IRA required, 401 (k) withdrawals start at age 75 under congressional bill
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The age at which older Americans must start withdrawing from their retirement accounts could still change.
Under a provision of a pension bill pending in Congress, the minimum required distributions, or RMD, would start at age 75 by 2032, up from 72 – which only came into effect when last year after the Secure Act of 2019 lifted it from 70 and a half.
The proposed adjustment would generally not impact most retirees: the majority – 79.5%, according to the IRS – take more than their RMD because they need the money. However, for the 20.5% who only take the minimum amount required, the extra years might give more time to strategize on how best to manage those assets.
“As a financial advisor, I applaud [a higher age] because we would have more flexibility and more years to do the planning, ”said certified financial planner Mark Wilson, president of MILE Wealth Management in Irvine, Calif. “Even if most people draw more than the required amount, that would still be a positive thing.”
RMDs are usually a thorn in the side of retirement account owners who don’t need the money when the government says they need to start withdrawing it.
“I think they should just completely eliminate RMD for life,” said Ed Slott, CPA and founder of Ed Slott and Company. “They are a real nuisance for the elderly.
Current law states that you must take your first RMD for the year you turn 72, although this first RMD may be delayed until April 1 of the following year. If you are an employee and contribute to your company’s pension plan, RMD does not apply to that particular account until you retire.
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The amount you need to withdraw is basically determined by dividing the balance in each qualifying account by your life expectancy as defined by the IRS.
For example, if you’re 75, that number would be 22.9 (until new life expectancy tables come into effect next year), according to the IRS. Divide your account balance – let’s say it’s $ 100,000 – by this factor and your RMD would be around $ 4,366.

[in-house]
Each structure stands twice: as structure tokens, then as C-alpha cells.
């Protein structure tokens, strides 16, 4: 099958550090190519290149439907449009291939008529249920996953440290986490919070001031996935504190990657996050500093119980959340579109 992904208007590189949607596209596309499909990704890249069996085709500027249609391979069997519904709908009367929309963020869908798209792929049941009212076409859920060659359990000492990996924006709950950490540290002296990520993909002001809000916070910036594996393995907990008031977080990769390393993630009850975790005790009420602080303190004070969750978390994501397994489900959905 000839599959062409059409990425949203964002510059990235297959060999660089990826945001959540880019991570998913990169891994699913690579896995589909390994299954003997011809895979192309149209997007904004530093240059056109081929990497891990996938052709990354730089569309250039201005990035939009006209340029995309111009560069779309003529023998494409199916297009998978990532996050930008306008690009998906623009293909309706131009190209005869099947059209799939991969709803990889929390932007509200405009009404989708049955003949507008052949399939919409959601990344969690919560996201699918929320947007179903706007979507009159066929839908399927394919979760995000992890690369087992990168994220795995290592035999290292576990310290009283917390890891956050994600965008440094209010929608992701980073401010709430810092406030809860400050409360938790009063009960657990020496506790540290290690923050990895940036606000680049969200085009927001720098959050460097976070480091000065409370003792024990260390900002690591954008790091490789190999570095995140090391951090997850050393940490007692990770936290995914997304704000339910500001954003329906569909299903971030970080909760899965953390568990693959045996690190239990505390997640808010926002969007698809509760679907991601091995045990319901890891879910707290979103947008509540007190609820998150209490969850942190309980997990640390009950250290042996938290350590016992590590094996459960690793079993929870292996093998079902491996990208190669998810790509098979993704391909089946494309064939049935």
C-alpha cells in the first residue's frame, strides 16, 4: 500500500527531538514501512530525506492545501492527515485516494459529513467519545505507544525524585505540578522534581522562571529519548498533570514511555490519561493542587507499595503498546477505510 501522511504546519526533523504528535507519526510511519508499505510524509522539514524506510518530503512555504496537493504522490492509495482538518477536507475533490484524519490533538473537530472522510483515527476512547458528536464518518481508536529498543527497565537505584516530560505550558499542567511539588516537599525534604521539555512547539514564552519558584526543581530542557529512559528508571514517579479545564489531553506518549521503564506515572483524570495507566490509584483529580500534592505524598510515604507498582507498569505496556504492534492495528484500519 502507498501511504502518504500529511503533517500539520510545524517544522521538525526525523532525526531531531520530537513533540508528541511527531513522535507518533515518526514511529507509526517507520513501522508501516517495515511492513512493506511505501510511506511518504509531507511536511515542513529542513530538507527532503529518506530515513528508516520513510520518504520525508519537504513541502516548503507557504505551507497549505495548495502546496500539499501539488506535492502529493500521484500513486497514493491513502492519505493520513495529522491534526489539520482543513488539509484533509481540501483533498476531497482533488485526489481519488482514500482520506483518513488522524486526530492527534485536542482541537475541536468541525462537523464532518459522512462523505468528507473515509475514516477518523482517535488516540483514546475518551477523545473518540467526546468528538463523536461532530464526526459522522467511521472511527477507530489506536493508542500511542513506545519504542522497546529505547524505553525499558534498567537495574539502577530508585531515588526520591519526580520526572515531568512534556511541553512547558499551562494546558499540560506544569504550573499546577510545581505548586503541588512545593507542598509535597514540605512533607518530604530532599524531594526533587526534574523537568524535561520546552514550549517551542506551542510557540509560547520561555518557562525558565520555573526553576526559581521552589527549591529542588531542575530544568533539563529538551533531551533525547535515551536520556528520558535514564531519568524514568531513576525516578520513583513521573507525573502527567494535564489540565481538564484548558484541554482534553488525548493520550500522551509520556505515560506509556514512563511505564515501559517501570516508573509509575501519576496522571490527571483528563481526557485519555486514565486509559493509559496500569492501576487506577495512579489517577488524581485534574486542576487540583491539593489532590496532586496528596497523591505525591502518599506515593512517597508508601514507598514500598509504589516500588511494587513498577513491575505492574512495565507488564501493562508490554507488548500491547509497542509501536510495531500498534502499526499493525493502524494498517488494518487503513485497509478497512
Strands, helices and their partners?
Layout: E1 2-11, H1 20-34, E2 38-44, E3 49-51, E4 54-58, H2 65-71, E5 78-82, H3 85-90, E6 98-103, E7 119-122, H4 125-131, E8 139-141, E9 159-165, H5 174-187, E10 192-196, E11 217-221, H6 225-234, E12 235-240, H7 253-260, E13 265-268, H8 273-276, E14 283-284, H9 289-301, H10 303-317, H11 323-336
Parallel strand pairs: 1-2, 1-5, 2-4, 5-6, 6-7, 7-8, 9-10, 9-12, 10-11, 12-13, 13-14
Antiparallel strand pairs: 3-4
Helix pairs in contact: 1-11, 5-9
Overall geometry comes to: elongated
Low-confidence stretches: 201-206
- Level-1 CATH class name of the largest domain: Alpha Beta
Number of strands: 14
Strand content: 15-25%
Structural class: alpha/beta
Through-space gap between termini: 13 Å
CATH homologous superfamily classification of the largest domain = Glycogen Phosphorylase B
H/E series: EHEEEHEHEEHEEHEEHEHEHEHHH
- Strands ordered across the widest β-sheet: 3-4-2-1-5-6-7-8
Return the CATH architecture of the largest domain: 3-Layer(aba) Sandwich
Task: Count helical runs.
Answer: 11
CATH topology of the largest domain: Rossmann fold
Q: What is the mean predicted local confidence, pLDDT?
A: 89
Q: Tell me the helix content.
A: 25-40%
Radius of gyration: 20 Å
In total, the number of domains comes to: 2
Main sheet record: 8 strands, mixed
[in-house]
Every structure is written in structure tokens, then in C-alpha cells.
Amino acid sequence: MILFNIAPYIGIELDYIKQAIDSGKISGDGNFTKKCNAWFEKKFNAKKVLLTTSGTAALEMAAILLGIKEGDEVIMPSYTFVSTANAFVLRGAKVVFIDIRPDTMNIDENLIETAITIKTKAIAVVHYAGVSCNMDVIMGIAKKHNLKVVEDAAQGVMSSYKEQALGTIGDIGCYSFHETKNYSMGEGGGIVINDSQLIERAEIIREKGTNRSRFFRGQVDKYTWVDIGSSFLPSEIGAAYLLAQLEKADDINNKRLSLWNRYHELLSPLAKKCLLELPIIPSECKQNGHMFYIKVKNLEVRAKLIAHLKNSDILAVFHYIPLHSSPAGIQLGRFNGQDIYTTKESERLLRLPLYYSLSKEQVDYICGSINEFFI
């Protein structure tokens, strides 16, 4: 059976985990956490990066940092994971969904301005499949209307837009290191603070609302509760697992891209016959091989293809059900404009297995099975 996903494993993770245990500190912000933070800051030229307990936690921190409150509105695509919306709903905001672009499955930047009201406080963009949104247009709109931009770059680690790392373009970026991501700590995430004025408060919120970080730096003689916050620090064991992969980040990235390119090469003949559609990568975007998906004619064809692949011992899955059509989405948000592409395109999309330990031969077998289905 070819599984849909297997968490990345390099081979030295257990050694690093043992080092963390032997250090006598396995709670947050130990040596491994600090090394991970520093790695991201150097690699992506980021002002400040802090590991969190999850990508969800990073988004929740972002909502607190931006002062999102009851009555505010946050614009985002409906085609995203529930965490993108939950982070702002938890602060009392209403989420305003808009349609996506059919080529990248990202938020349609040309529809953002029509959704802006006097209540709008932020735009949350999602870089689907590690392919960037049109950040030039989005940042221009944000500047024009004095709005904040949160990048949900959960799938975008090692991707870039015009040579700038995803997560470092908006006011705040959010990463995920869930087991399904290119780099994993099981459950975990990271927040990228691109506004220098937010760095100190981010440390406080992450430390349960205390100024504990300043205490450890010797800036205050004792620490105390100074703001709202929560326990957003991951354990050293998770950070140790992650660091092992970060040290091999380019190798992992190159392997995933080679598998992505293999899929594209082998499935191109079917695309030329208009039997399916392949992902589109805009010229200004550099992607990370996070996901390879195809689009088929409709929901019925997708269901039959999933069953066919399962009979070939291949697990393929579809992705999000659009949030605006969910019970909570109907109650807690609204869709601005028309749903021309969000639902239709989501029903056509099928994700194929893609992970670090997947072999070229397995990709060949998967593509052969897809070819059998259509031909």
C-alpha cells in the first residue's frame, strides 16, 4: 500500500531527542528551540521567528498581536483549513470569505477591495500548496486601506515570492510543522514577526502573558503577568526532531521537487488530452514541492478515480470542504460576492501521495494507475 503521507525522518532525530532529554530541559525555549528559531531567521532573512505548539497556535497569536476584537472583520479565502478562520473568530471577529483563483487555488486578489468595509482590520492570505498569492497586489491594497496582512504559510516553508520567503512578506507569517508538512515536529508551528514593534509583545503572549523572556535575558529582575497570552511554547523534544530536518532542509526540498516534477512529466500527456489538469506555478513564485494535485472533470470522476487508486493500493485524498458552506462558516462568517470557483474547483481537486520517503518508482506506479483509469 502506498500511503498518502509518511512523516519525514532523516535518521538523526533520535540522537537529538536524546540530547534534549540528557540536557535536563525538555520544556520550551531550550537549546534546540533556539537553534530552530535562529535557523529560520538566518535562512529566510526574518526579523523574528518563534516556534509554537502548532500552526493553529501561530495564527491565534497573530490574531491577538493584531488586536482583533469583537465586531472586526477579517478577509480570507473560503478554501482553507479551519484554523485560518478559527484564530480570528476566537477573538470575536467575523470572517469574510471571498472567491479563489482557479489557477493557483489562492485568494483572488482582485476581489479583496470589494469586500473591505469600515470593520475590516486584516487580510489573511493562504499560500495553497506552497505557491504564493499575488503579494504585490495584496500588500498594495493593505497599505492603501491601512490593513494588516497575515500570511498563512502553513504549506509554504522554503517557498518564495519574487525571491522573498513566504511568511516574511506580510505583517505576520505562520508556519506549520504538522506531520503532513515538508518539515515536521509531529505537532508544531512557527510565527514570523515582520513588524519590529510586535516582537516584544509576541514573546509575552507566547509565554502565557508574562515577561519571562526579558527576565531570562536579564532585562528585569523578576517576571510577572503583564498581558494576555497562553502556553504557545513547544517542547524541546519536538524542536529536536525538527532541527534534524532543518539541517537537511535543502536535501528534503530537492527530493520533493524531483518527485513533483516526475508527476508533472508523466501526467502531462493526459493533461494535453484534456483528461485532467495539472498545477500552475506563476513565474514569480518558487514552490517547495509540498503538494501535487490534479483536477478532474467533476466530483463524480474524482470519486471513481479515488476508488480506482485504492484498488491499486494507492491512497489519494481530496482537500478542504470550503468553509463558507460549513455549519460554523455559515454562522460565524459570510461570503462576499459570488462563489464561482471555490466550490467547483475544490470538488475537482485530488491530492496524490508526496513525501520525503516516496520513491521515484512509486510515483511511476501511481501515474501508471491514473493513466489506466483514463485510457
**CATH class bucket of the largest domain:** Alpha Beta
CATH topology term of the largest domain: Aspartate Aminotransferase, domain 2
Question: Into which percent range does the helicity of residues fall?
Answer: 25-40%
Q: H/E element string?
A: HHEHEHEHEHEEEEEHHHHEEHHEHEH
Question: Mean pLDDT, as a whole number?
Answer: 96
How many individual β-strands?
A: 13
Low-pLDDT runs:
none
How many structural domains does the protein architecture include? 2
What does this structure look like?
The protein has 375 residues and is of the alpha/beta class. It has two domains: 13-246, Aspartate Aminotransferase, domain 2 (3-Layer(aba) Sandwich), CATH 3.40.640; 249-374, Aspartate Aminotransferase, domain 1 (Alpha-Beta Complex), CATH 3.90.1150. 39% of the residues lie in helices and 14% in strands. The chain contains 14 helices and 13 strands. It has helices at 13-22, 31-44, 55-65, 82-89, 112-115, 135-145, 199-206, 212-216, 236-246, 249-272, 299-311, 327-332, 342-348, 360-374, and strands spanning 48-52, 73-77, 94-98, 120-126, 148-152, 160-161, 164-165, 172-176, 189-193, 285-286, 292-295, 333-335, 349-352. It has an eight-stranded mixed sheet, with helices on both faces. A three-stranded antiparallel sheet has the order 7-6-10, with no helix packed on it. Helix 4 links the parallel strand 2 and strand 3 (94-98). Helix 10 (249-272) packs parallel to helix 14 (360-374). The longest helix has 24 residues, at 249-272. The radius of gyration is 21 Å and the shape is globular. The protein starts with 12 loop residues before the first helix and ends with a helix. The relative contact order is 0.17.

For people who don’t need the money, postponing the RMD age would provide the opportunity to convert more of their 401 (k) or Traditional IRA over time into a Roth IRA. Although taxes are paid on the converted money, subsequent withdrawals would be tax-free, unlike distributions from a traditional or 401 (k) IRA, which are taxed like ordinary income.
Additionally, there is no RMD with Roth IRAs during the account holder’s lifetime. However, for all inherited individual retirement accounts, 401 (k) plans or other qualified retirement accounts, the balance must be fully withdrawn within 10 years if the owner has died after 2019, unless the beneficiary is the spouse or another eligible person.
If a retiree’s money were left in a traditional or 401 (k) IRA to grow until later RMD age, the difference wouldn’t make or destroy a person’s retirement, experts say . A higher account balance would also mean larger RMDs.
The charts below illustrate the performance of a notional $ 500,000 portfolio over time, gaining 5% per annum under an RMD age of 72 and 75. The difference at age 95 is $ 40,391 using the later RMD age.
As for legislation proposed to Congress that includes the higher RMD age: the two bipartisan bills – which are in the early stages of the legislative process – differ slightly in their details.
Under the House bill, these mandatory annual withdrawals are not expected to begin until age 73 in 2022, then 74 in 2029, and 75 by 2032. The Senate bill would extend RMD age to 75 by 2032. It would also waive RMD for people with less than $ 100,000 in overall retirement savings, as well as reduce the penalty for failing to take RMD to 25% over 50% current.